Wednesday, December 28, 2011
REVIEW: Optical Delusions in Deadwood
Hi, guys, welcome back! I was hoping to have this review up sooner (and I just realized that I screwed up the title in my last review post: my apologies, Ms. Charles!), but that figgy pudding thing got away from me for a few days. The next time a caroler shows up at my door, I'm just going to make them a sandwich.
Description: Someone is spreading rumors around Deadwood that Violet Parker likes to chat with dead folks.
With her reputation endangered, her bank account on the verge of extinction, and her career at risk of going up in flames, Violet is desperate. When the opportunity to sell another vintage home materializes, she grabs it, even though this "haunted" house was recently the stage for a two-act, murder-suicide tragedy.
Ghost or no ghost, Violet knows this can't be as bad as the last house of horrors she tried to sell, but sexy Doc Nyce has serious doubts. Her only hope of hanging on to her job is to prove that the so-called, ghostly sightings are merely the eccentric owner's optical delusions.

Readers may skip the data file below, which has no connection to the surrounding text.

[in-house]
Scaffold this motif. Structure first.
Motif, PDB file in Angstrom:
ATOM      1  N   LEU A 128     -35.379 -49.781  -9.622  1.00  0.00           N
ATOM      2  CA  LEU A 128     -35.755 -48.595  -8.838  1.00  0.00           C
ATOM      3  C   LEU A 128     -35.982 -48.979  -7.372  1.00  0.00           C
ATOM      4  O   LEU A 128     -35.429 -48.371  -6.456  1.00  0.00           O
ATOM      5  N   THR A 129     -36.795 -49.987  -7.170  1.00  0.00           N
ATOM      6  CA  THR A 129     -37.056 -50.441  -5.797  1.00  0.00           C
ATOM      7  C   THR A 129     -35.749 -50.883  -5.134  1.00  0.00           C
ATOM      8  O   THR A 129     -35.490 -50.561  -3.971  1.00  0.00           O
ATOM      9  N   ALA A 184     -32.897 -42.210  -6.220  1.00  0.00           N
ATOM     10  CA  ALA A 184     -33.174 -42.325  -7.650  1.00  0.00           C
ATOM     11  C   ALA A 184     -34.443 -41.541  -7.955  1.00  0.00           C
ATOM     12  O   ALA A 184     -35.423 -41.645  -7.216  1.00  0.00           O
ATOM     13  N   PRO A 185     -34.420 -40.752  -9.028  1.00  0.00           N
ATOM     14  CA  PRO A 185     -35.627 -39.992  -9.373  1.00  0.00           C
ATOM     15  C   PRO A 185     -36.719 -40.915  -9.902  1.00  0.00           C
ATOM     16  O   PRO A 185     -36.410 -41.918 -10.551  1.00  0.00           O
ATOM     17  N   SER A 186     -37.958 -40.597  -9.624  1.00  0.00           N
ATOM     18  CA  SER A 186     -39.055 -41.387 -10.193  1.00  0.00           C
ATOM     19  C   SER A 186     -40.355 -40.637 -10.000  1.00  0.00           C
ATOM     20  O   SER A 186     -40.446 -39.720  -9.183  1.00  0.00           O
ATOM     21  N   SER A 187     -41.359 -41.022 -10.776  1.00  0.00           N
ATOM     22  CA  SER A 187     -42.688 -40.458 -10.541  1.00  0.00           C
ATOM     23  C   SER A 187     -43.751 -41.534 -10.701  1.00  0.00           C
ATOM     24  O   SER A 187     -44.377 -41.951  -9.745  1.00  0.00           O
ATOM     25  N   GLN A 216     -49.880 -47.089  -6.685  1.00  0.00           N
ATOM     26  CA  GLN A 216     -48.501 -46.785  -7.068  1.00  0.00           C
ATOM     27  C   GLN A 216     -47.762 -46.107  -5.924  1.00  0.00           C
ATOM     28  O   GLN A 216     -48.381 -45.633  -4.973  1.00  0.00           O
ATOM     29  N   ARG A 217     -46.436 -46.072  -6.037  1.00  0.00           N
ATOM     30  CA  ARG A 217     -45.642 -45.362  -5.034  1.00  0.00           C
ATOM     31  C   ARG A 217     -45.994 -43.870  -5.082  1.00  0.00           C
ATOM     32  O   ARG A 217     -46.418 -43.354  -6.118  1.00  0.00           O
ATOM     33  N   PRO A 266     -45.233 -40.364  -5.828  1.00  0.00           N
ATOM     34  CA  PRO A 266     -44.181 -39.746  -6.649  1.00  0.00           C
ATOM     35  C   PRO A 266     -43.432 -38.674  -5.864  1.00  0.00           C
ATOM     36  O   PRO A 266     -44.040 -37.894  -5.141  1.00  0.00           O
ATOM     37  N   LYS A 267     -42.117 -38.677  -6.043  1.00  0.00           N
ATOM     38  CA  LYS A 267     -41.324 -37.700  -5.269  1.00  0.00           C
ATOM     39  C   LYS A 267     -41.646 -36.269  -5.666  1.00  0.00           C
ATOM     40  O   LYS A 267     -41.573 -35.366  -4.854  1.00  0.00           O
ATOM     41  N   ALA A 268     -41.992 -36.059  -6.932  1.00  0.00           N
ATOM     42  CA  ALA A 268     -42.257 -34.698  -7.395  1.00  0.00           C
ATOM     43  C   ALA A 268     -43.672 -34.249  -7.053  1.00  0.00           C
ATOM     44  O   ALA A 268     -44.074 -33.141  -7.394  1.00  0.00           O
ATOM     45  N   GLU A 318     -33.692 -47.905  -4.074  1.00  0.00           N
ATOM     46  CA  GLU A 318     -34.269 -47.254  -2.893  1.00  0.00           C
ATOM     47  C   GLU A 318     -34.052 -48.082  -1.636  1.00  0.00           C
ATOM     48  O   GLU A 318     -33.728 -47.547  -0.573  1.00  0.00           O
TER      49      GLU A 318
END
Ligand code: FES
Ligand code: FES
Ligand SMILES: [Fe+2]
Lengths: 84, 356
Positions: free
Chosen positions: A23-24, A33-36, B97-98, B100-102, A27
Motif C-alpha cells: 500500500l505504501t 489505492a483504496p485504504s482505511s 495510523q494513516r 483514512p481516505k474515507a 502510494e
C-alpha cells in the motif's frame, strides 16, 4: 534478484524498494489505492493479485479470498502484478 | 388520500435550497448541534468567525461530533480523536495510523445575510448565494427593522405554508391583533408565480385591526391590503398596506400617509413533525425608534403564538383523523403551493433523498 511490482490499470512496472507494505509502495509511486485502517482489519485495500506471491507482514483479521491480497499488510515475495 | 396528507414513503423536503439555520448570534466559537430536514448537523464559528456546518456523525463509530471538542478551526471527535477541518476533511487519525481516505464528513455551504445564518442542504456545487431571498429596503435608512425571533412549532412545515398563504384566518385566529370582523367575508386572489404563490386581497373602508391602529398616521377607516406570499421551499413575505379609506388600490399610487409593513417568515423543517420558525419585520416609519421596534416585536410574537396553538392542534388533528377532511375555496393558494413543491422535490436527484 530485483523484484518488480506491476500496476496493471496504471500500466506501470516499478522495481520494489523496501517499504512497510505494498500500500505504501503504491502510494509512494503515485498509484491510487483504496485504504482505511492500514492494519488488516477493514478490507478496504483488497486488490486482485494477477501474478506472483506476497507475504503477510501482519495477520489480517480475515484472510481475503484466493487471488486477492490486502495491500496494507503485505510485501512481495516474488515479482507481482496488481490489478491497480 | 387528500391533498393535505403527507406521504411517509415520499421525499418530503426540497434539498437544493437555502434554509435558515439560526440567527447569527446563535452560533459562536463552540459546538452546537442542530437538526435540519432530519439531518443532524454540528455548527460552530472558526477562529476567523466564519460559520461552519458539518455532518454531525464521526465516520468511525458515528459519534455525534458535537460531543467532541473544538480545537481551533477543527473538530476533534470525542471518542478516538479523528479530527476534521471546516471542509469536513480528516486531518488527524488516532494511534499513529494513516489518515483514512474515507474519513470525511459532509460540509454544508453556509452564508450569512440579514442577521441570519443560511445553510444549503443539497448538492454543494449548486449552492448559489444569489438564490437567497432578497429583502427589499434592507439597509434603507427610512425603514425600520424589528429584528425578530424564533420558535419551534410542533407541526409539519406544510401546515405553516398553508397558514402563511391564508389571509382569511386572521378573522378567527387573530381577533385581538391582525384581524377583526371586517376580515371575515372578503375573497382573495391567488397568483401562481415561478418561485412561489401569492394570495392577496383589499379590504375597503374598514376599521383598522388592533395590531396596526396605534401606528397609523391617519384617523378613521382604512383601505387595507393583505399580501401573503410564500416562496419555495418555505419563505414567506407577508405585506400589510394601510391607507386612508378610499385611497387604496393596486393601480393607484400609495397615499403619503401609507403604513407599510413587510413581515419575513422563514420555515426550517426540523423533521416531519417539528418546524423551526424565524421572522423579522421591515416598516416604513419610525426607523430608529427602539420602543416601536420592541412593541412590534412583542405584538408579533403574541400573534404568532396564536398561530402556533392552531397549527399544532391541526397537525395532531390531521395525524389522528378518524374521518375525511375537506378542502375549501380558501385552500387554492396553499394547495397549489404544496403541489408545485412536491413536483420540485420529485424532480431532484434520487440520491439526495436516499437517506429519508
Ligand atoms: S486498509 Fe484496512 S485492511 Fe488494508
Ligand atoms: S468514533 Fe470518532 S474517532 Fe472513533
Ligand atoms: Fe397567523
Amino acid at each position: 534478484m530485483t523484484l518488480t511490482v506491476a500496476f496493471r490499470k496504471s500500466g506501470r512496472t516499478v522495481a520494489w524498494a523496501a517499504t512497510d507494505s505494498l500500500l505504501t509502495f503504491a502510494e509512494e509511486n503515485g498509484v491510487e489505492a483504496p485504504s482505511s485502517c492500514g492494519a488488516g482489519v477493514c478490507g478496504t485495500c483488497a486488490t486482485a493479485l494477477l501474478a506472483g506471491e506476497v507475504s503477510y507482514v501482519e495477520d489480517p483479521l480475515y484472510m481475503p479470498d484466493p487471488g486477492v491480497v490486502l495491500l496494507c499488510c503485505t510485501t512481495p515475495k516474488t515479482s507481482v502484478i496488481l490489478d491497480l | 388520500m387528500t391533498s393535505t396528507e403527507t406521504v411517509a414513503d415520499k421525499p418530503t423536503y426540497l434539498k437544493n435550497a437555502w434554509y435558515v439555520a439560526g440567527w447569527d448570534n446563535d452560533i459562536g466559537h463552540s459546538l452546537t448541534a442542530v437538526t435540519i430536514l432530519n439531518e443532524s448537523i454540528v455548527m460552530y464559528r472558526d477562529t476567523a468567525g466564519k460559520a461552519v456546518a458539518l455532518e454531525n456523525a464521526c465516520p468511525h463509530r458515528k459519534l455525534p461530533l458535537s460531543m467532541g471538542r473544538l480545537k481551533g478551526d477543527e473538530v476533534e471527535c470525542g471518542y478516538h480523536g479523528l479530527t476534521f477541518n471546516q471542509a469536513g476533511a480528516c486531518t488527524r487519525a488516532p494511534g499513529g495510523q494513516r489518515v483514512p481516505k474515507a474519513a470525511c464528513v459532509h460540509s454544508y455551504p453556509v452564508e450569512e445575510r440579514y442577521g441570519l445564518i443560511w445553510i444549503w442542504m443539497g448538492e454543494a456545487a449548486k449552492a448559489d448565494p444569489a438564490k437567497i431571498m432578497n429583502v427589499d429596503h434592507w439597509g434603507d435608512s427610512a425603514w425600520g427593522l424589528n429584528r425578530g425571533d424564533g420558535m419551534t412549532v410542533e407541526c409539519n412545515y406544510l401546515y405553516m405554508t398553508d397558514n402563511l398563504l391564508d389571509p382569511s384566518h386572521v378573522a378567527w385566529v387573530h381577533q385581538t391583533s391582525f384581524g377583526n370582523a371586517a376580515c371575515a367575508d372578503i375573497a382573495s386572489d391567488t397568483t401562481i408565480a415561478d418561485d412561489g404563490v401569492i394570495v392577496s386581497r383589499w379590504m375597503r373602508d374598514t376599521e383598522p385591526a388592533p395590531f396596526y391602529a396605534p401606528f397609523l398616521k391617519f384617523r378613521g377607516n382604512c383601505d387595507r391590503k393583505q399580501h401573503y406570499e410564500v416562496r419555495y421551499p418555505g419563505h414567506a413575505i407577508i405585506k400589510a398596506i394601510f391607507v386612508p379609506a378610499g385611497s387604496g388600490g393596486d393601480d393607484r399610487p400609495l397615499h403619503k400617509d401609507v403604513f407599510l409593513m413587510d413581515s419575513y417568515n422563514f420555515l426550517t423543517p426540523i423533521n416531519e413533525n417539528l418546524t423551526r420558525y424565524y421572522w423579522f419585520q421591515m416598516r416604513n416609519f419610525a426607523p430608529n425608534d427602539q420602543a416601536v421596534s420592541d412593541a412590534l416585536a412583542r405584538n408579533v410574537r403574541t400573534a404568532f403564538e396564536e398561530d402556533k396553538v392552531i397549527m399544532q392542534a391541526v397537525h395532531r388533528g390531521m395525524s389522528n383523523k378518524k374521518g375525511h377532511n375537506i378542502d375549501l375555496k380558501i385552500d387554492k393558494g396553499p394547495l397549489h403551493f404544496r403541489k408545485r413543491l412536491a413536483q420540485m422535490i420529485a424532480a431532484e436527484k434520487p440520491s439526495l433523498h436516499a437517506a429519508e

But someone--or something--in the house wants Violet stopped...dead.
My Thoughts: Ann Charles delivers another charming mystery/romance with just a touch of the paranormal. What I like best about Violet is how of an Everywoman she is, and yet she remains such a (albeit slightly frazzled) badass. Sure, she gets knocked out and drugged a time or two. (Who doesn't?) But she always comes up swinging and is well on her way to saving herself before Mr. Dark 'n Dashing shows up to get the testosterone flowing.
I did mention in my last review that some of the shine comes off Doc Nyce in the second book, and I'm afraid that I have to stand by that judgment. What was an air of mystery in the first book becomes straight douchery in the second, right down to Doc knowingly refusing to tell Violet information that could keep her safe while also thinking that he has some kind of claim to her behavior. I'm sorry, Doc, but only Batman can pull off being Batman. (And then only barely.) Violet, however, is so engaging on her own that I know I'm going to keep coming back.